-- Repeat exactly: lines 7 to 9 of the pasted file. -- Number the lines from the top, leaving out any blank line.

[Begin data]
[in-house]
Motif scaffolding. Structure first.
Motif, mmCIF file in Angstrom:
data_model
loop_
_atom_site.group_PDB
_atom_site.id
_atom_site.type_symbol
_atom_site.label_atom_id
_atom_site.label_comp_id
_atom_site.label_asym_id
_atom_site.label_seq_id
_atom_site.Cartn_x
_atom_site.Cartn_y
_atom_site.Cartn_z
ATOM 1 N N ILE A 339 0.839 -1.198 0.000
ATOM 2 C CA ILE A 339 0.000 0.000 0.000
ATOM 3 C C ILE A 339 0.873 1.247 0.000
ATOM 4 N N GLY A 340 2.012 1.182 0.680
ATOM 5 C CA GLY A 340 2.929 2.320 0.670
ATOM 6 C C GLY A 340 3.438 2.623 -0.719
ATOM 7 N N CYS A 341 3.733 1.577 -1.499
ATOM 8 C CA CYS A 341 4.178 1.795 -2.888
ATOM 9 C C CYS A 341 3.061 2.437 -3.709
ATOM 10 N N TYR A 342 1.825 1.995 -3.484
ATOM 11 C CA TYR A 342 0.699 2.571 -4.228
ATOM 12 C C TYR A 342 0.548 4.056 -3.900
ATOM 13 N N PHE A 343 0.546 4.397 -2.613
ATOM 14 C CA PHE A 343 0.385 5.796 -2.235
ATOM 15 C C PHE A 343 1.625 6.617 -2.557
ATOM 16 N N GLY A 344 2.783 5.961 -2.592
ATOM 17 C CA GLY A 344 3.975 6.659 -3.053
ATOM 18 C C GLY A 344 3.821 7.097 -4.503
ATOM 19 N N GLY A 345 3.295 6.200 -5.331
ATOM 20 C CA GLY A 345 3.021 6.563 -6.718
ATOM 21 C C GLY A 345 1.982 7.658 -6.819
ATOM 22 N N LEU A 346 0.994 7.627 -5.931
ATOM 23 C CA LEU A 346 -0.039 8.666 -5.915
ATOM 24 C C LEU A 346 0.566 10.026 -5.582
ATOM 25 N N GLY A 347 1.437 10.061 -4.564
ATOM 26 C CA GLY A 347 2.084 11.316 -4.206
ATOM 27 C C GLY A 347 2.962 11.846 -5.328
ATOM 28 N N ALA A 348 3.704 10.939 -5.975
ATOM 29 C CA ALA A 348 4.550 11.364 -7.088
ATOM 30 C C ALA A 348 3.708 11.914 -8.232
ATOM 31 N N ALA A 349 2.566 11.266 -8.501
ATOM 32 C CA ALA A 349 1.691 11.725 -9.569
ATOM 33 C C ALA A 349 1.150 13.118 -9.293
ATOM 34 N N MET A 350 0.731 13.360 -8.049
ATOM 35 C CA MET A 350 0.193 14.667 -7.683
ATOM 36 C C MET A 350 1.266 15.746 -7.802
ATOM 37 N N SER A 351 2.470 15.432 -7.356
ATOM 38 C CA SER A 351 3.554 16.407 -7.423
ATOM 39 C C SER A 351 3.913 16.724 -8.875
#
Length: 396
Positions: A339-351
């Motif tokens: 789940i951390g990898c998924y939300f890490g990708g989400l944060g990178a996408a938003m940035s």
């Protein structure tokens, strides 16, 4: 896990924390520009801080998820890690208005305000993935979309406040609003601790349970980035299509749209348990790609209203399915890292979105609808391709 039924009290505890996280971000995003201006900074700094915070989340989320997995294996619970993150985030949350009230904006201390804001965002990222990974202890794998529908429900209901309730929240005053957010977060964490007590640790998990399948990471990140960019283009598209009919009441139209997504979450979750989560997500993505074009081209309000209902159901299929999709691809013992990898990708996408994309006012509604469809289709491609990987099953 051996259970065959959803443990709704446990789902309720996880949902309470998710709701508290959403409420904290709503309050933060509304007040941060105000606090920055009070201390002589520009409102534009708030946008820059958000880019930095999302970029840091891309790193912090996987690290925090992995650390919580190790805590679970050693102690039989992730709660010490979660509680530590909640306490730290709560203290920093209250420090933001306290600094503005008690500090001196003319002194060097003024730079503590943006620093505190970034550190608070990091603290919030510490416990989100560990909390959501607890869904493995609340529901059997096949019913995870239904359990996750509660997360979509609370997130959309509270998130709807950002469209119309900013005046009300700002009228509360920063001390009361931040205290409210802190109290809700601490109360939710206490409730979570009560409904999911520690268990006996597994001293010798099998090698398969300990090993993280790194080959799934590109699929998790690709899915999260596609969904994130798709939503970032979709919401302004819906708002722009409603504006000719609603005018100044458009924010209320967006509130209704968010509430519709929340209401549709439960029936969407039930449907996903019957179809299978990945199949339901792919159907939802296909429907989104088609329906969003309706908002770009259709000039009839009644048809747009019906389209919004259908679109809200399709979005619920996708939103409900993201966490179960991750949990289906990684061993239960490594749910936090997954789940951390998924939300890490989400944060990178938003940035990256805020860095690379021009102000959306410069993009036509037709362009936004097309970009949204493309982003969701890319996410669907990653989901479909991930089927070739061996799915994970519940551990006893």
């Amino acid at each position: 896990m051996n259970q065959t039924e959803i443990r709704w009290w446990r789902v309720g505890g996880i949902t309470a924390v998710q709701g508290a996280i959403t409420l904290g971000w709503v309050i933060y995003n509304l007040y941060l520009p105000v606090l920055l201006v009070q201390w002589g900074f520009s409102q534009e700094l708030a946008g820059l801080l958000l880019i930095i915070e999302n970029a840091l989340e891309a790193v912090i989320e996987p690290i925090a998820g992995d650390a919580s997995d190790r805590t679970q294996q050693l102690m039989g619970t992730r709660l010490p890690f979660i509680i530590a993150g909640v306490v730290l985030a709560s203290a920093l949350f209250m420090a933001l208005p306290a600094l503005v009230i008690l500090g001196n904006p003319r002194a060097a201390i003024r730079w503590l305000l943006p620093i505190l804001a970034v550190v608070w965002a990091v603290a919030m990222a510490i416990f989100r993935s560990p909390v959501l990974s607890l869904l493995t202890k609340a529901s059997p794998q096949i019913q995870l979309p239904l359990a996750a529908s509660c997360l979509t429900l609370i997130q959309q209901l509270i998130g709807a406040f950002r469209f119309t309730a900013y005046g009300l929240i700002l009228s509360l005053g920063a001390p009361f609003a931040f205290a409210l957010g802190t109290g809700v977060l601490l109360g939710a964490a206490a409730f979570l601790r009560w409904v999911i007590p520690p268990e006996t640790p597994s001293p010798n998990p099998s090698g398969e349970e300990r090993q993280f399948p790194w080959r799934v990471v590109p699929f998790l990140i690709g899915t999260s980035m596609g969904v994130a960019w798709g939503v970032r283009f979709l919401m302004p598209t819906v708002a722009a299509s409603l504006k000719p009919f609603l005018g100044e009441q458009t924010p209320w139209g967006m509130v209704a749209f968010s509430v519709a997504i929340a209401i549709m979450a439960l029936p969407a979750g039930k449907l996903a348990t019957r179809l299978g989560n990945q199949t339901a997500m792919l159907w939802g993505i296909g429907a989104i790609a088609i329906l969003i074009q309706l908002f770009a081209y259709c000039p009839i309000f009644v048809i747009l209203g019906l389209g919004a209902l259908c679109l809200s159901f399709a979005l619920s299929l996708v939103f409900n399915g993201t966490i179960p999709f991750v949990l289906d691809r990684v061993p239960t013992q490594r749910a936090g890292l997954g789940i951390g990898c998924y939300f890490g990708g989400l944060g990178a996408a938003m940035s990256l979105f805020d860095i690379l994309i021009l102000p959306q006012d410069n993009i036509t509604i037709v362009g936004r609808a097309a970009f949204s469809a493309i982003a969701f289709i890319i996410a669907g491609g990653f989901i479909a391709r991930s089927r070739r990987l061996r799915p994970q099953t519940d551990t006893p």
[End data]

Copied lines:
_atom_site.id
_atom_site.type_symbol
_atom_site.label_atom_id